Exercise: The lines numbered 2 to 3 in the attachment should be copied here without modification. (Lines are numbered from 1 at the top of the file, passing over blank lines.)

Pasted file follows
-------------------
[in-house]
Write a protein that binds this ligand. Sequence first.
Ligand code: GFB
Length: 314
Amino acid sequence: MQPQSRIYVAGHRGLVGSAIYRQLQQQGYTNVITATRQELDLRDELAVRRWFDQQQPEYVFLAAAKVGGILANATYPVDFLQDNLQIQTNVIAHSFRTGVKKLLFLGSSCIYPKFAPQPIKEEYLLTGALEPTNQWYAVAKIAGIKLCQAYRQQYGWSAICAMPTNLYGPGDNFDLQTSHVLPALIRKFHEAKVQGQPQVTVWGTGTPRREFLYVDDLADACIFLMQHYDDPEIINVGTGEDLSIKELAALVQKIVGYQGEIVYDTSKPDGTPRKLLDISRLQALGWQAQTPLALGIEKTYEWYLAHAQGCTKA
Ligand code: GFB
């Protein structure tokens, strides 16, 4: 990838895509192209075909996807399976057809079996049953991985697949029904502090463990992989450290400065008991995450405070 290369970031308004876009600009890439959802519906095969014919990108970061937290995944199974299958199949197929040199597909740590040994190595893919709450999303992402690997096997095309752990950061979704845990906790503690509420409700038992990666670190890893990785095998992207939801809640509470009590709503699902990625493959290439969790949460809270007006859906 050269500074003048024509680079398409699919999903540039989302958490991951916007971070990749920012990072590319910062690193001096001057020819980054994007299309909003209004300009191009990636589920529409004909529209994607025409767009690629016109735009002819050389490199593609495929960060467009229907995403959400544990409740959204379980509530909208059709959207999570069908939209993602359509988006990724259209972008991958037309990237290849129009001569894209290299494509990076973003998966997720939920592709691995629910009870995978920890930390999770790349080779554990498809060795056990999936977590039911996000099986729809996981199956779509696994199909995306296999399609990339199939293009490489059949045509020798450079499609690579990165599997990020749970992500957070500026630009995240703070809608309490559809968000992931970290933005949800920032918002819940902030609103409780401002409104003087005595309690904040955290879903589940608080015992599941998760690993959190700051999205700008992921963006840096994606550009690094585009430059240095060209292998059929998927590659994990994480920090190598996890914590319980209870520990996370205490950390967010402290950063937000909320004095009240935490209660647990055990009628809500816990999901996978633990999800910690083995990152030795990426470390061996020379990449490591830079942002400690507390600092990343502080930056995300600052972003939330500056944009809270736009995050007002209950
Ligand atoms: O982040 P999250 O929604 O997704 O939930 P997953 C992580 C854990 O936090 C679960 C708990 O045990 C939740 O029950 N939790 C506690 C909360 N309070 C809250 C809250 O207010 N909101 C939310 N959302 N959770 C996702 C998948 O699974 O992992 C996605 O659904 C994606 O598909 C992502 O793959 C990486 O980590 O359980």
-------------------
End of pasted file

Write a protein that binds this ligand. Sequence first.
Ligand code: GFB